might have been a typing error, but the spelling of the name of this ethnic community with two

different letters "C" and "K" and an extra letter "a" in the case of spelling "Coach" indicates

something else. During my field research among the Garo of Tangail and Mymensingh Districts, I

learnt that "Koch" (who lives in the same area) is variously pronounced by the local people as

Koch, Koach, and Kuch. In other areas, the pronunciation may be a little different. I think the

variation in the spelling is a reflection of variations in the pronunciation of the name of this ethnic

community. The divisions or branches of certain ethnic communities have been listed as separate

ethnic groups by Maloney (1984) in his list of ethnic communities by their language category. He

also mentioned the ex-tribal groups as tribes. Which groups constitute the branches of other

larger ethnic communities and which groups are the ex-tribal people have been mentioned by

Maloney (1984). But there are no such notes in the Census Report.  

Treating the branches of a major ethnic group as separate ethnic groups is perhaps the result of

an exact report of what people said. When the people belonging to any ethnic communities are

asked about their group affiliation, they perhaps gave the main ethnic group's branch name which

they belong to. Such divisions or sub-divisions of large ethnic communities often result from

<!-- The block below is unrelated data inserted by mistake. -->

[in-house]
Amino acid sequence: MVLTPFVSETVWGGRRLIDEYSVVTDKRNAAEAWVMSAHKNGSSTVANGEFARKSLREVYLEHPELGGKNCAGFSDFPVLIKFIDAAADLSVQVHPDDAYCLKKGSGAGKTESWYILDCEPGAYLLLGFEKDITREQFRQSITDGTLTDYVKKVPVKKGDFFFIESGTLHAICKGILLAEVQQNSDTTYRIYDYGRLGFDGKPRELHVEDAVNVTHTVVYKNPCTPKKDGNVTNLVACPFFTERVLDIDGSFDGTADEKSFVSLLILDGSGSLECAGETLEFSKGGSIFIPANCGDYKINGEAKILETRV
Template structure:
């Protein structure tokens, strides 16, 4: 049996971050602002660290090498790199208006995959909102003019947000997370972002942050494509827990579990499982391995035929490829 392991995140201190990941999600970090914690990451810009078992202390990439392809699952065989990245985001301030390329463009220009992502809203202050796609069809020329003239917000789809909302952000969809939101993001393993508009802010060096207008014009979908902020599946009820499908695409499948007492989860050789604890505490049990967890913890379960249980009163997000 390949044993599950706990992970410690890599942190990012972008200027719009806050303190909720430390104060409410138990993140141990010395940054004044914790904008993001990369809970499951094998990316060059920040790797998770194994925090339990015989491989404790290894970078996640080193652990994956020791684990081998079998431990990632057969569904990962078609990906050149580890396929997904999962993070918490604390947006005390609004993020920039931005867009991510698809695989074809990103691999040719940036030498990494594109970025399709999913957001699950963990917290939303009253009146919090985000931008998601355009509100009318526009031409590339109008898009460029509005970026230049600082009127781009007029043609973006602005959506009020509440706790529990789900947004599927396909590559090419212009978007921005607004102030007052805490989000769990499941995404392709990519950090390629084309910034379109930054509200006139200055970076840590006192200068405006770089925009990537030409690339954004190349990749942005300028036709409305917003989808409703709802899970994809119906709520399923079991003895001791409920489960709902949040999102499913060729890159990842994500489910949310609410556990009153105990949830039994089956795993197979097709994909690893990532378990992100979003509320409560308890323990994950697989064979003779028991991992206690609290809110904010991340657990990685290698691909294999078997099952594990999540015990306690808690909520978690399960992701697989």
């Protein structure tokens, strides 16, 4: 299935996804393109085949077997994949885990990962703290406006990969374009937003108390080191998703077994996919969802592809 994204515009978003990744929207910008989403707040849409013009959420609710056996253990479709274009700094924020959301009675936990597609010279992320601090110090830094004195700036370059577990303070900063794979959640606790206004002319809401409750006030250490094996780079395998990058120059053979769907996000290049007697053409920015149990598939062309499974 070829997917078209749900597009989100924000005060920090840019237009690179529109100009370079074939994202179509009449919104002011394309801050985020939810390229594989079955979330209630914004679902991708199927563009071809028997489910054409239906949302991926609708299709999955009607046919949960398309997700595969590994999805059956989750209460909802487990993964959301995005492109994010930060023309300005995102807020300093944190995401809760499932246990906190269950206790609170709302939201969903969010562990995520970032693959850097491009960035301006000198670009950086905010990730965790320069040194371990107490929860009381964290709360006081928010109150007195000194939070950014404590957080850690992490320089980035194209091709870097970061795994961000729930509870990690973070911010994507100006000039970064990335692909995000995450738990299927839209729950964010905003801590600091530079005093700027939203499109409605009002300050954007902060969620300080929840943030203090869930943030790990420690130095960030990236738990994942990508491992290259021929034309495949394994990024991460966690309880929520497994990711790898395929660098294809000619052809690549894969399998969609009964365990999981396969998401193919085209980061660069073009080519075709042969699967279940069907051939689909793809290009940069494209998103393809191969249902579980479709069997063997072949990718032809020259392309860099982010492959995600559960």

population increase and other social, economic, and political changes.

There is no point to give a separate name of a group based on the name of the division of a main

ethnic group when the people in both the branch and main ethnic group speak the same

language and share the same culture and traditions. Even if the branch group live in a different

geographical area, they might be still identified with the main group and could be listed under the

same name. Nevertheless, if the people in branch groups wish to identify themselves by the

name they chose for their branch, then they should perhaps be recorded accordingly. None of the

available sources says anything about how these branches came to be known as separate ethnic

communities: was it the people's wishes to have them recorded under the branch names or was it

the decision of the census enumerators or ethnographers to use the branch names as separate

ethnic groups?